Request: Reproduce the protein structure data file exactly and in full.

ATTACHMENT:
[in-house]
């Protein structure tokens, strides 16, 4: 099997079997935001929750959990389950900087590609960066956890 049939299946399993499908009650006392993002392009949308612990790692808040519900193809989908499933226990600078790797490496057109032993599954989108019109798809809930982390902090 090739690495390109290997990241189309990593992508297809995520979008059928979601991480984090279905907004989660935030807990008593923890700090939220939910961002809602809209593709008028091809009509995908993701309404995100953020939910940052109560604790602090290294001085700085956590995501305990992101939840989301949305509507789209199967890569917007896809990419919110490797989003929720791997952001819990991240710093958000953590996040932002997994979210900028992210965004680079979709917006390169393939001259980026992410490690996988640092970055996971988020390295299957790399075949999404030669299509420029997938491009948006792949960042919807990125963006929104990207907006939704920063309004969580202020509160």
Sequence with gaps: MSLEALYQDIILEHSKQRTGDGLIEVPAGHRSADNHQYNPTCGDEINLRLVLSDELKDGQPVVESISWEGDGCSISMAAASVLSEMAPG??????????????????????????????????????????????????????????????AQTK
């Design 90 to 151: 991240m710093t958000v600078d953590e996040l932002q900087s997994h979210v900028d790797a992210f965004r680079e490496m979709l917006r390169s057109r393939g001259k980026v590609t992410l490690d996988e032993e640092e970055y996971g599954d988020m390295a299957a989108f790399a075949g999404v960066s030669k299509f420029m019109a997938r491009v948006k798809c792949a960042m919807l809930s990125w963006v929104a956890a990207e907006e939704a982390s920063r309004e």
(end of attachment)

[in-house]
């Protein structure tokens, strides 16, 4: 099997079997935001929750959990389950900087590609960066956890 049939299946399993499908009650006392993002392009949308612990790692808040519900193809989908499933226990600078790797490496057109032993599954989108019109798809809930982390902090 090739690495390109290997990241189309990593992508297809995520979008059928979601991480984090279905907004989660935030807990008593923890700090939220939910961002809602809209593709008028091809009509995908993701309404995100953020939910940052109560604790602090290294001085700085956590995501305990992101939840989301949305509507789209199967890569917007896809990419919110490797989003929720791997952001819990991240710093958000953590996040932002997994979210900028992210965004680079979709917006390169393939001259980026992410490690996988640092970055996971988020390295299957790399075949999404030669299509420029997938491009948006792949960042919807990125963006929104990207907006939704920063309004969580202020509160």
Sequence with gaps: MSLEALYQDIILEHSKQRTGDGLIEVPAGHRSADNHQYNPTCGDEINLRLVLSDELKDGQPVVESISWEGDGCSISMAAASVLSEMAPG??????????????????????????????????????????????????????????????AQTK
């Design 90 to 151: 991240m710093t958000v600078d953590e996040l932002q900087s997994h979210v900028d790797a992210f965004r680079e490496m979709l917006r390169s057109r393939g001259k980026v590609t992410l490690d996988e032993e640092e970055y996971g599954d988020m390295a299957a989108f790399a075949g999404v960066s030669k299509f420029m019109a997938r491009v948006k798809c792949a960042m919807l809930s990125w963006v929104a956890a990207e907006e939704a982390s920063r309004e």